2. Research the company

Once you've reviewed the job listing, go to the company's website and read pages such as its About Us to see what values the company finds important. You can then keep these in mind when doing your resume tailoring to show you fit in with the company culture. For example, if a company values collaboration, then demonstrate your ability to work well with others. Values or soft skills may also be in the job description.

3. Compare your resume

Now that you understand what the employee wants in terms of skills, qualifications, and character, you can tailor your resume. Examine your experience and determine what past jobs most align with the wants and needs of the company. You don't need to include your past jobs in reverse-chronological order if some of them don't highlight the skills the company is looking for. You can use a functional resume if you prefer. You can also consider separating your resume into sections with industry relevance and other experience in mind.

Related: The Ultimate Guide to Functional Resumes

4. Create your summary

Because your summary is the first section on your resume, it's here that you want to position yourself as the ideal candidate for the job. Including the title of the job you're applying for indicates your resume is customized for the position. Try to include the top keywords you noted when you reviewed the job listing in step one. For example, if you're applying for an administrative assistant position that requires a well-organized individual and you're proficient in maintaining a schedule and completing filing, your summary might look like this:

Well-organized administrative assistant with over two years of experience in managing and maintaining office schedules. Developed an effective filing system that increased productivity by 25%.

Related: How to Write a Powerful Personal Statement

5. Tailor your work history

Take a moment to finesse the bullet points for your past jobs, including the keywords you noted in step one, with those prioritized listed first, even if these were not your main responsibilities. This allows the hiring manager to see you have the qualifications for the job and that you have read and reviewed the job description. For example, if you're applying for a marketing role that emphasizes social media strategy, begin your bullet points with examples of how you interpreted data to create a plan for the business's social media accounts.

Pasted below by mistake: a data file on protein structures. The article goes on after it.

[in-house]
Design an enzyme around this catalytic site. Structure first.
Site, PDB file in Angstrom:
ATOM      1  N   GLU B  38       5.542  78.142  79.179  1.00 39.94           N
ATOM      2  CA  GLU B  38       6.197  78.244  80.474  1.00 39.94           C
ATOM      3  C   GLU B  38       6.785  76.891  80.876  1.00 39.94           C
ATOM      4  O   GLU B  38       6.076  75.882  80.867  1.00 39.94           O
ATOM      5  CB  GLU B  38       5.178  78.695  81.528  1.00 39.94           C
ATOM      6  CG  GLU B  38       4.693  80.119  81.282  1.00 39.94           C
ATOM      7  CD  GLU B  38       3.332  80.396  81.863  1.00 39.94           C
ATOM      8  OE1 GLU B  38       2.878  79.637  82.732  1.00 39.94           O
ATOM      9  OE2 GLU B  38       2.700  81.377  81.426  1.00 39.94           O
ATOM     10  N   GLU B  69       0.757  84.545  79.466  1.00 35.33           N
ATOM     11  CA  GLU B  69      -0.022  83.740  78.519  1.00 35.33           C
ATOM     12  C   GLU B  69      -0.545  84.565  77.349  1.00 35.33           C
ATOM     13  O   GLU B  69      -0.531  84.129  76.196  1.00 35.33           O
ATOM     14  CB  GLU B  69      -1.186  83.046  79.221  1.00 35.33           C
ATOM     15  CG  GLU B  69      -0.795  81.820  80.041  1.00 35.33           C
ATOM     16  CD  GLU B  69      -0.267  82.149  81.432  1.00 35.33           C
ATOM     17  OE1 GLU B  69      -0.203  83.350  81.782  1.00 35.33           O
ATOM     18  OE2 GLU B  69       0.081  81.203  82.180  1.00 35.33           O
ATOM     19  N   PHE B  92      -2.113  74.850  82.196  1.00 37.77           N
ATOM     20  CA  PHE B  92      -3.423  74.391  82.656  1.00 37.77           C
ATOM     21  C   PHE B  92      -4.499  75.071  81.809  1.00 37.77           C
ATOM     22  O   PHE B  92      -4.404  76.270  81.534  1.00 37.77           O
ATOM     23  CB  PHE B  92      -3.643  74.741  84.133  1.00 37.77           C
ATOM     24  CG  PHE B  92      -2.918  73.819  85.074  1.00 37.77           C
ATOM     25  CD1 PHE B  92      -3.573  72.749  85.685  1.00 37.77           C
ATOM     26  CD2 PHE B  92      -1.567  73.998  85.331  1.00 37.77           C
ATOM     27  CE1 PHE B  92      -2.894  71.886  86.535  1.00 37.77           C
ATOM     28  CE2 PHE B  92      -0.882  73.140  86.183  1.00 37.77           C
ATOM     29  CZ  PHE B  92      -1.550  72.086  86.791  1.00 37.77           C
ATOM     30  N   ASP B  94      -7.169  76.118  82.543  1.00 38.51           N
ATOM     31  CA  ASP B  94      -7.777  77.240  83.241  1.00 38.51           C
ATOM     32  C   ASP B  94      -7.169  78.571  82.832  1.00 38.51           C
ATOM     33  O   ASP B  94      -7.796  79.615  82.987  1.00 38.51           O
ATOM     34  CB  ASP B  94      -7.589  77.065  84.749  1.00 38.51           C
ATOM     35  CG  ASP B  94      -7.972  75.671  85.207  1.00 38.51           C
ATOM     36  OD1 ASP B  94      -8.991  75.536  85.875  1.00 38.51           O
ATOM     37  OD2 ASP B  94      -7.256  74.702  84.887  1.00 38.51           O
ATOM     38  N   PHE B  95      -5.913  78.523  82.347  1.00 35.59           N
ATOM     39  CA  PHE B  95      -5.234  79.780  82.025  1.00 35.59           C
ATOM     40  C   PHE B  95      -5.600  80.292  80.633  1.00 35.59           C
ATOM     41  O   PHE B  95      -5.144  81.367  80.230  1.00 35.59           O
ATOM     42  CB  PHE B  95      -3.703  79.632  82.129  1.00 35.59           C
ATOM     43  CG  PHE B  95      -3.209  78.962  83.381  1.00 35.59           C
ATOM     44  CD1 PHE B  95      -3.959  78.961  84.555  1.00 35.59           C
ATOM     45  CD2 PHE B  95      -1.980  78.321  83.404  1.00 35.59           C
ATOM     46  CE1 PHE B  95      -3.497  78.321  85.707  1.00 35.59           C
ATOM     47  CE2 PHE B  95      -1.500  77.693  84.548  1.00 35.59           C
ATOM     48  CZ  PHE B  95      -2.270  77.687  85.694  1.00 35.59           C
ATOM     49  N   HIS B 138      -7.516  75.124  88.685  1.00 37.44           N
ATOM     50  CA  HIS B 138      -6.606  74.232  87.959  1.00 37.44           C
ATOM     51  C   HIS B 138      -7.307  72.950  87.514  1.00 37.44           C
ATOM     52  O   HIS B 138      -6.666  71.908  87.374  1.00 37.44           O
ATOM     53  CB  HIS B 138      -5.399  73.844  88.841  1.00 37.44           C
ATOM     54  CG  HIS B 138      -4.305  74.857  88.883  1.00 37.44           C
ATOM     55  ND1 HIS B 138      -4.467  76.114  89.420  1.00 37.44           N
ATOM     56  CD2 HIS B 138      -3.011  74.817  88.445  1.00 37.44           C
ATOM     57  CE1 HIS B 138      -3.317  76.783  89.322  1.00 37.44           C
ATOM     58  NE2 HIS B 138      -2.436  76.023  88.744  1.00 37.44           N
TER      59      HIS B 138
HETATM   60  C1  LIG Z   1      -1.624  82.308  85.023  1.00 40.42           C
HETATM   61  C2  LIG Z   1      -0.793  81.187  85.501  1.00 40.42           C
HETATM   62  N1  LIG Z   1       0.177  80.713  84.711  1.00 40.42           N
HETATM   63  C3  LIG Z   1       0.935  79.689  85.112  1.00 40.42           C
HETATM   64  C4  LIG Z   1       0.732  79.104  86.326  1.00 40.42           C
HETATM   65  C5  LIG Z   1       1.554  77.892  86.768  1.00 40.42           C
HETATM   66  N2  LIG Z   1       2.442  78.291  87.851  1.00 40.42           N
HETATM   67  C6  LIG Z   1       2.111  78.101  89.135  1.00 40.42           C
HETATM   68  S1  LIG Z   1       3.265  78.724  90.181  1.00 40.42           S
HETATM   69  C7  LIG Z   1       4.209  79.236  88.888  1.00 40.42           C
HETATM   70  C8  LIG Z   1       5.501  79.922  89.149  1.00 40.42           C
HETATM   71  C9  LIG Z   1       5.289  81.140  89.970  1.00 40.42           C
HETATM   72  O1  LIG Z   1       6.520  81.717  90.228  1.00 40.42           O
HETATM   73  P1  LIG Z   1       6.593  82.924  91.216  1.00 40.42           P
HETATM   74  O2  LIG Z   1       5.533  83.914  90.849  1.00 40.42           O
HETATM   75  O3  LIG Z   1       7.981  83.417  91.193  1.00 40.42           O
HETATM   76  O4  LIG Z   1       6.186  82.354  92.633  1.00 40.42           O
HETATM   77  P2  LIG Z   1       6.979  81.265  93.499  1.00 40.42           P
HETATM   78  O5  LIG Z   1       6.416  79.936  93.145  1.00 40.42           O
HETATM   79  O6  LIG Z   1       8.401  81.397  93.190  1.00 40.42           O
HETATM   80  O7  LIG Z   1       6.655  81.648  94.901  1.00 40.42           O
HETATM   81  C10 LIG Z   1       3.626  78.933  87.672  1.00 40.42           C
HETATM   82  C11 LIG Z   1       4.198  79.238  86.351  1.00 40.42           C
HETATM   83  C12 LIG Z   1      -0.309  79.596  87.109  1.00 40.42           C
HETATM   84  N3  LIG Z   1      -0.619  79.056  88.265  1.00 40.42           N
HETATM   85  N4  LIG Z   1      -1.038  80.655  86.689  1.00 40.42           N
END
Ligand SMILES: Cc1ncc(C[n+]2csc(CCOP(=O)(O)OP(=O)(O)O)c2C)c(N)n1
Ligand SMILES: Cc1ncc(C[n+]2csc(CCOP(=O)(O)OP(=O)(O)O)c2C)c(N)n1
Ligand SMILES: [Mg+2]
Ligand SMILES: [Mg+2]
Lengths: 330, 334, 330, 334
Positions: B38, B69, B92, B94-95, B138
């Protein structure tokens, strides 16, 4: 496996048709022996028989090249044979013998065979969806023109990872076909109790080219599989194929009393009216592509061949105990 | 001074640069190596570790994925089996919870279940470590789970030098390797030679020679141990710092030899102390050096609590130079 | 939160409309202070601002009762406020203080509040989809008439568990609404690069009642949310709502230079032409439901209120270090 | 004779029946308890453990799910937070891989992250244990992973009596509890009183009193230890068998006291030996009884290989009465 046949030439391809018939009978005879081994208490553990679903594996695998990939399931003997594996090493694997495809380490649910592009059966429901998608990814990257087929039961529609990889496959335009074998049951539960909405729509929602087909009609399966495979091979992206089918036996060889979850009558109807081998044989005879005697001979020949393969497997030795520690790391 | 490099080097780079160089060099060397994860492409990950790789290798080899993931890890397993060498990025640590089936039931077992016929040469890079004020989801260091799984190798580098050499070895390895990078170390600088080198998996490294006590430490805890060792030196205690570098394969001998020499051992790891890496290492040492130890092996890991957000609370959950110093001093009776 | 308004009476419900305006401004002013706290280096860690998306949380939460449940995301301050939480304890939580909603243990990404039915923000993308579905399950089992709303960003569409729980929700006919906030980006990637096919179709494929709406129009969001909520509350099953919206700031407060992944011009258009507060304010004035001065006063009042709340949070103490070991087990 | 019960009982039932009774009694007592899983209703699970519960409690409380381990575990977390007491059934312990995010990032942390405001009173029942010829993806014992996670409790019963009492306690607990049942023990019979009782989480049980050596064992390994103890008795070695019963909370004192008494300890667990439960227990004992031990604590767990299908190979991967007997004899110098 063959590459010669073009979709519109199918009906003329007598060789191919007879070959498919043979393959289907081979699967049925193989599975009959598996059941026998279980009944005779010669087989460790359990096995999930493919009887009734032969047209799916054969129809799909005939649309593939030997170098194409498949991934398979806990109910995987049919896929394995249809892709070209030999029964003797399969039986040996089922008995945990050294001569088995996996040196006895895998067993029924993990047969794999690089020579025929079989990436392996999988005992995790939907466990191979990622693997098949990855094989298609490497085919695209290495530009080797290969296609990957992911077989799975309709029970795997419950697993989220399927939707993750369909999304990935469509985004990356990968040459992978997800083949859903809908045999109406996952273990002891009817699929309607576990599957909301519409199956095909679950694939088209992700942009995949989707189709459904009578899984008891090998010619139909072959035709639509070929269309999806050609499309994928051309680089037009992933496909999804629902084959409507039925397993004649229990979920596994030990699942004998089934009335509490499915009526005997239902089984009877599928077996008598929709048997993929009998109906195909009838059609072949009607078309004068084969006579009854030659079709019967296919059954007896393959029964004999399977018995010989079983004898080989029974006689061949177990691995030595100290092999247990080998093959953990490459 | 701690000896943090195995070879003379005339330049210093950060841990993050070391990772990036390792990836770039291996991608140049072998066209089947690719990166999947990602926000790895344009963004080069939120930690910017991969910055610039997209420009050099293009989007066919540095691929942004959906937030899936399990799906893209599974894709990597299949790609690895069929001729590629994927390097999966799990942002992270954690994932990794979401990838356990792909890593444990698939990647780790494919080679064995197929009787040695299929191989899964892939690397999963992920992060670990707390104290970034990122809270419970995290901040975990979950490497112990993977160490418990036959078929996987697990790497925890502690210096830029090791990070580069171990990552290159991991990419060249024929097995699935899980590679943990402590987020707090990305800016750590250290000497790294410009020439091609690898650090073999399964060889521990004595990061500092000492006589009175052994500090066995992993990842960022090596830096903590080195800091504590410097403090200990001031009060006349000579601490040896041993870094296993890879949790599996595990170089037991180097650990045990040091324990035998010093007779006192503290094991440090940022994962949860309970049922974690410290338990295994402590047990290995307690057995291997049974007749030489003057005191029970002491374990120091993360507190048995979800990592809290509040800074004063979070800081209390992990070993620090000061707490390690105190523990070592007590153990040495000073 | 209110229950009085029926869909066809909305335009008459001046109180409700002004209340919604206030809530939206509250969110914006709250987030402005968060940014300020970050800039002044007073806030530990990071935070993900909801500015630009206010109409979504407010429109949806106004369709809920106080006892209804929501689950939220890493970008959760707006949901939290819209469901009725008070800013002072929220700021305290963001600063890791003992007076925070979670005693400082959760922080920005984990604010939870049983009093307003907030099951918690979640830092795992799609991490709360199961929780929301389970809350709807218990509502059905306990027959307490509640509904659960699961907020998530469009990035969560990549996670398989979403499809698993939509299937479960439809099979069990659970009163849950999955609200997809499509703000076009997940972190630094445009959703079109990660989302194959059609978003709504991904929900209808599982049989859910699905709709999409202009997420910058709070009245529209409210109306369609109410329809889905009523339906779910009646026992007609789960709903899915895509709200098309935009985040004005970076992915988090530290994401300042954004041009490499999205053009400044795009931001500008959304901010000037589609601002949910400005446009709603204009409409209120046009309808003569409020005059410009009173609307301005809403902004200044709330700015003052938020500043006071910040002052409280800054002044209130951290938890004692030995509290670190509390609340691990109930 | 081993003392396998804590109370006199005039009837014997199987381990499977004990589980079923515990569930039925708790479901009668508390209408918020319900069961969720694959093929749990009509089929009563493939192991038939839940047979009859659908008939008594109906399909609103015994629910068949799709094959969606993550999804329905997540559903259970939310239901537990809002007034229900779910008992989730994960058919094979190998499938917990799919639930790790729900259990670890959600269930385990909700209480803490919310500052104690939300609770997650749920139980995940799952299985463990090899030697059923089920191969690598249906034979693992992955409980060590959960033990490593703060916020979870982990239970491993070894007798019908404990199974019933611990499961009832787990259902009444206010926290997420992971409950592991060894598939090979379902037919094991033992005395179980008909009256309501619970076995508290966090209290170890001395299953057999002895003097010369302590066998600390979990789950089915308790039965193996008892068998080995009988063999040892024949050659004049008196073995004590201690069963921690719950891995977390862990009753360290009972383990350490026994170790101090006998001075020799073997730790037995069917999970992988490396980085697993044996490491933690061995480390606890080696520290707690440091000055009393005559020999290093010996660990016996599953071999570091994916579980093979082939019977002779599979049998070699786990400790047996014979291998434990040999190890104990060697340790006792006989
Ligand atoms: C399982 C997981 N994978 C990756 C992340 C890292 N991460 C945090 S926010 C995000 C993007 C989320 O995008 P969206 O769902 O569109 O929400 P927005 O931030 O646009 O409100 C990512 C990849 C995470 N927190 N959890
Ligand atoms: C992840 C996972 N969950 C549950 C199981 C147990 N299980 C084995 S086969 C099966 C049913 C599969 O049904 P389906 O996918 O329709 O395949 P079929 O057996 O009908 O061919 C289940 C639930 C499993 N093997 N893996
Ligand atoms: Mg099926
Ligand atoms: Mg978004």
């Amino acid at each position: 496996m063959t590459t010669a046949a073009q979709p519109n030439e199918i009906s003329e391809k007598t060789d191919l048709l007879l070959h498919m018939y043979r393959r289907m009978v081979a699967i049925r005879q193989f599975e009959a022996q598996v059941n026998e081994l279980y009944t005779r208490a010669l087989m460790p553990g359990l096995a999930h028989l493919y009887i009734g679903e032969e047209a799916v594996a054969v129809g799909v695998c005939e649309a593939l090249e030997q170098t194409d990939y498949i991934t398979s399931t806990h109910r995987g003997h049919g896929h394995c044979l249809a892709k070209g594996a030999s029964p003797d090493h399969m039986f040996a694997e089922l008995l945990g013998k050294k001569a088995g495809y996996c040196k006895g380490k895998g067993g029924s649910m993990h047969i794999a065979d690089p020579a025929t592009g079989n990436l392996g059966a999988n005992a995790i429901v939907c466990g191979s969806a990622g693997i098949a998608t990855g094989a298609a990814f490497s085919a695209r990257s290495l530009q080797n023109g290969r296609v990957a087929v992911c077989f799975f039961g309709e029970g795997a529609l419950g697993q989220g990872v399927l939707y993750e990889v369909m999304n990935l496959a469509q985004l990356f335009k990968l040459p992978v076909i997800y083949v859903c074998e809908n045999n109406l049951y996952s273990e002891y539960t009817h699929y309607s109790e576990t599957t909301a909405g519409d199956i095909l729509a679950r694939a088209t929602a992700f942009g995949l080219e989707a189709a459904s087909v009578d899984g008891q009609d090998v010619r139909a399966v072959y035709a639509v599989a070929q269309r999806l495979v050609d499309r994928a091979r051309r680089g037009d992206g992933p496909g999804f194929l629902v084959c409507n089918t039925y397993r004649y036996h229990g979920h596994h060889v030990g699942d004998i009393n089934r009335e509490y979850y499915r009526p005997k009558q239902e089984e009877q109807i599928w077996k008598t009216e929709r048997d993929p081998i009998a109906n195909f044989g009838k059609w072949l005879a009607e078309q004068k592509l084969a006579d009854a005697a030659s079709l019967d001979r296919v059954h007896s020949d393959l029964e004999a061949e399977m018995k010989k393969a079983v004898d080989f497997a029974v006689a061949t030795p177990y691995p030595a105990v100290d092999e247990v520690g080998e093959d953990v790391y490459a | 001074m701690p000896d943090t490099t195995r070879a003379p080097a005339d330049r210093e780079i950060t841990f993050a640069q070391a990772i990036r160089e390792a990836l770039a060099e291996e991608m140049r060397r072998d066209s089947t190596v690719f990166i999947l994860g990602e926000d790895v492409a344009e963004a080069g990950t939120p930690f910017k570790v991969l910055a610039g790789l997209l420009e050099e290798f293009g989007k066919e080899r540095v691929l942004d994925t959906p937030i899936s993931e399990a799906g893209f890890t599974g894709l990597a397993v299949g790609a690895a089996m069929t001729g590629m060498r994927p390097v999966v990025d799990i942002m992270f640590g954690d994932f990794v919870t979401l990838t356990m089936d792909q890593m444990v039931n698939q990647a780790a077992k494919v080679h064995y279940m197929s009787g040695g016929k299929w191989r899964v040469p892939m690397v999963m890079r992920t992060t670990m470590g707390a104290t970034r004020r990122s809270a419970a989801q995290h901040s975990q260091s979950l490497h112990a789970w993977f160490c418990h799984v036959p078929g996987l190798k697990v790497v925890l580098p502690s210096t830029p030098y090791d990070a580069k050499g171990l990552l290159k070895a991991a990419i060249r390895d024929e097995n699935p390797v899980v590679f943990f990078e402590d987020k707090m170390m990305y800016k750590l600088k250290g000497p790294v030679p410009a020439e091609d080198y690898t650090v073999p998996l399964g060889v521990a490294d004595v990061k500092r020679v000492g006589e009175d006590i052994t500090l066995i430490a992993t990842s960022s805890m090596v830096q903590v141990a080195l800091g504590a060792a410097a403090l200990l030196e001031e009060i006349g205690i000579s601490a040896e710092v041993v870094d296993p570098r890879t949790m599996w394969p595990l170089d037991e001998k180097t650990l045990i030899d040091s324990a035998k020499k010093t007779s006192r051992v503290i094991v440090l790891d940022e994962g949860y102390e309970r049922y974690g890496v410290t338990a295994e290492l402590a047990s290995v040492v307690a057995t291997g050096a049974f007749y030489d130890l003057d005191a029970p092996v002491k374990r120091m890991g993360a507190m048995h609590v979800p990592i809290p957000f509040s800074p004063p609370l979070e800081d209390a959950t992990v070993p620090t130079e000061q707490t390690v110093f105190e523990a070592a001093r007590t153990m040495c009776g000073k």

6. Include measurable results and data

Recruiters want to see the impact you had in your past roles, not just a description of your job responsibilities. Resume tailoring to show quantitative data demonstrates the value you provided. For example, a hiring manager may be more interested in seeing a bullet point like

  • helped students gain confidence in and advance their English skills to improve tests scores by 25%

than

  • helped students improve their English skills and become more successful on tests.

In the second example, recruiters can't see a measurable result of the value you provided your students.

Related: 14 Resume Writing Tips to Help You Land a Job

7. Revise your skills section

If you can't include all your skills in your work experience section, you might include them in your skills section. As you did in your work experience section, include these skills in the same priority order as in the job listing. Again, make sure you're using the same keywords. It's in the skills section you may include specific technical skills, qualifications, or soft skills that don't fit into the work experience section.

8. Proofread your resume

Before you submit your resume, reread it for grammar and spelling issues. You may also want to make sure your resume tailoring looks at the summary section. It should align with the job description and the bullet points in your work history should relate to the responsibilities and requirements in the job posting. Consider asking a friend or mentor to review your resume and the job listing to determine if it's clear why you're applying for the role. Ensure your resume contains specific keywords and phrases to pass through any electronic systems and to help catch the hiring manager's attention.